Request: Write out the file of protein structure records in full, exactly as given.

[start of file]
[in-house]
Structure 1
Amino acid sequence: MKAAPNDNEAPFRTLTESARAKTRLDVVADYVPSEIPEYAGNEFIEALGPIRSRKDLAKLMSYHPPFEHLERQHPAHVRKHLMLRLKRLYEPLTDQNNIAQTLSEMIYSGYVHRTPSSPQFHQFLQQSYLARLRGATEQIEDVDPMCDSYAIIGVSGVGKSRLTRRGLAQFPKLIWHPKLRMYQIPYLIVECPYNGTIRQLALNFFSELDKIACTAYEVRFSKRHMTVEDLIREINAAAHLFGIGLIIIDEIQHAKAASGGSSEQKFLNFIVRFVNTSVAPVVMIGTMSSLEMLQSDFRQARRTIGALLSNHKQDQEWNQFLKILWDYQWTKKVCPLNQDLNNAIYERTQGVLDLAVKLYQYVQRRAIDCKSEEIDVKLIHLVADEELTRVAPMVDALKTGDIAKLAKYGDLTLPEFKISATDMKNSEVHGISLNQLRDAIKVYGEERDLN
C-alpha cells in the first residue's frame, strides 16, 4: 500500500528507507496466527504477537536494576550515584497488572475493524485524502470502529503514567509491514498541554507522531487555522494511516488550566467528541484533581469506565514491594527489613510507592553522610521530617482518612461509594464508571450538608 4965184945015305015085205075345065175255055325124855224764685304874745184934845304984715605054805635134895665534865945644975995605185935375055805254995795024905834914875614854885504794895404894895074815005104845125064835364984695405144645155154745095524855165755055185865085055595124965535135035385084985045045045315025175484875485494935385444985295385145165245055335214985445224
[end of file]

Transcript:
[in-house]
Structure 1
Amino acid sequence: MKAAPNDNEAPFRTLTESARAKTRLDVVADYVPSEIPEYAGNEFIEALGPIRSRKDLAKLMSYHPPFEHLERQHPAHVRKHLMLRLKRLYEPLTDQNNIAQTLSEMIYSGYVHRTPSSPQFHQFLQQSYLARLRGATEQIEDVDPMCDSYAIIGVSGVGKSRLTRRGLAQFPKLIWHPKLRMYQIPYLIVECPYNGTIRQLALNFFSELDKIACTAYEVRFSKRHMTVEDLIREINAAAHLFGIGLIIIDEIQHAKAASGGSSEQKFLNFIVRFVNTSVAPVVMIGTMSSLEMLQSDFRQARRTIGALLSNHKQDQEWNQFLKILWDYQWTKKVCPLNQDLNNAIYERTQGVLDLAVKLYQYVQRRAIDCKSEEIDVKLIHLVADEELTRVAPMVDALKTGDIAKLAKYGDLTLPEFKISATDMKNSEVHGISLNQLRDAIKVYGEERDLN
C-alpha cells in the first residue's frame, strides 16, 4: 500500500528507507496466527504477537536494576550515584497488572475493524485524502470502529503514567509491514498541554507522531487555522494511516488550566467528541484533581469506565514491594527489613510507592553522610521530617482518612461509594464508571450538608 4965184945015305015085205075345065175255055325124855224764685304874745184934845304984715605054805635134895665534865945644975995605185935375055805254995795024905834914875614854885504794895404894895074815005104845125064835364984695405144645155154745095524855165755055185865085055595124965535135035385084985045045045315025175484875485494935385444985295385145165245055335214985445224